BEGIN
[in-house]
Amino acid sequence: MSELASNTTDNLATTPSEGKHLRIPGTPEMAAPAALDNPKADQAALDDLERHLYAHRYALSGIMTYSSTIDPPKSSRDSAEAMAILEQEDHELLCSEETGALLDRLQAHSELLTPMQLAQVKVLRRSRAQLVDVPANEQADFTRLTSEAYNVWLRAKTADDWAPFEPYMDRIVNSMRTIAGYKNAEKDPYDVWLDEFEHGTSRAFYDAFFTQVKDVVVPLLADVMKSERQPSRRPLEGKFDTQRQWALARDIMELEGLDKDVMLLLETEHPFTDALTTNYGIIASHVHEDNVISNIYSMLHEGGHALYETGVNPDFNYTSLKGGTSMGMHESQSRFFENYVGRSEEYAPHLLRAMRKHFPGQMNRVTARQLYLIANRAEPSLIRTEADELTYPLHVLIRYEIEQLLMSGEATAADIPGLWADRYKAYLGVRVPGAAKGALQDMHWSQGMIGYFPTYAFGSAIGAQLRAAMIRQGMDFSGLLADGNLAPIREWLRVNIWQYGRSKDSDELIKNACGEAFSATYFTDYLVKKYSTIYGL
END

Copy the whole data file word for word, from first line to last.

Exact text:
[in-house]
Amino acid sequence: MSELASNTTDNLATTPSEGKHLRIPGTPEMAAPAALDNPKADQAALDDLERHLYAHRYALSGIMTYSSTIDPPKSSRDSAEAMAILEQEDHELLCSEETGALLDRLQAHSELLTPMQLAQVKVLRRSRAQLVDVPANEQADFTRLTSEAYNVWLRAKTADDWAPFEPYMDRIVNSMRTIAGYKNAEKDPYDVWLDEFEHGTSRAFYDAFFTQVKDVVVPLLADVMKSERQPSRRPLEGKFDTQRQWALARDIMELEGLDKDVMLLLETEHPFTDALTTNYGIIASHVHEDNVISNIYSMLHEGGHALYETGVNPDFNYTSLKGGTSMGMHESQSRFFENYVGRSEEYAPHLLRAMRKHFPGQMNRVTARQLYLIANRAEPSLIRTEADELTYPLHVLIRYEIEQLLMSGEATAADIPGLWADRYKAYLGVRVPGAAKGALQDMHWSQGMIGYFPTYAFGSAIGAQLRAAMIRQGMDFSGLLADGNLAPIREWLRVNIWQYGRSKDSDELIKNACGEAFSATYFTDYLVKKYSTIYGL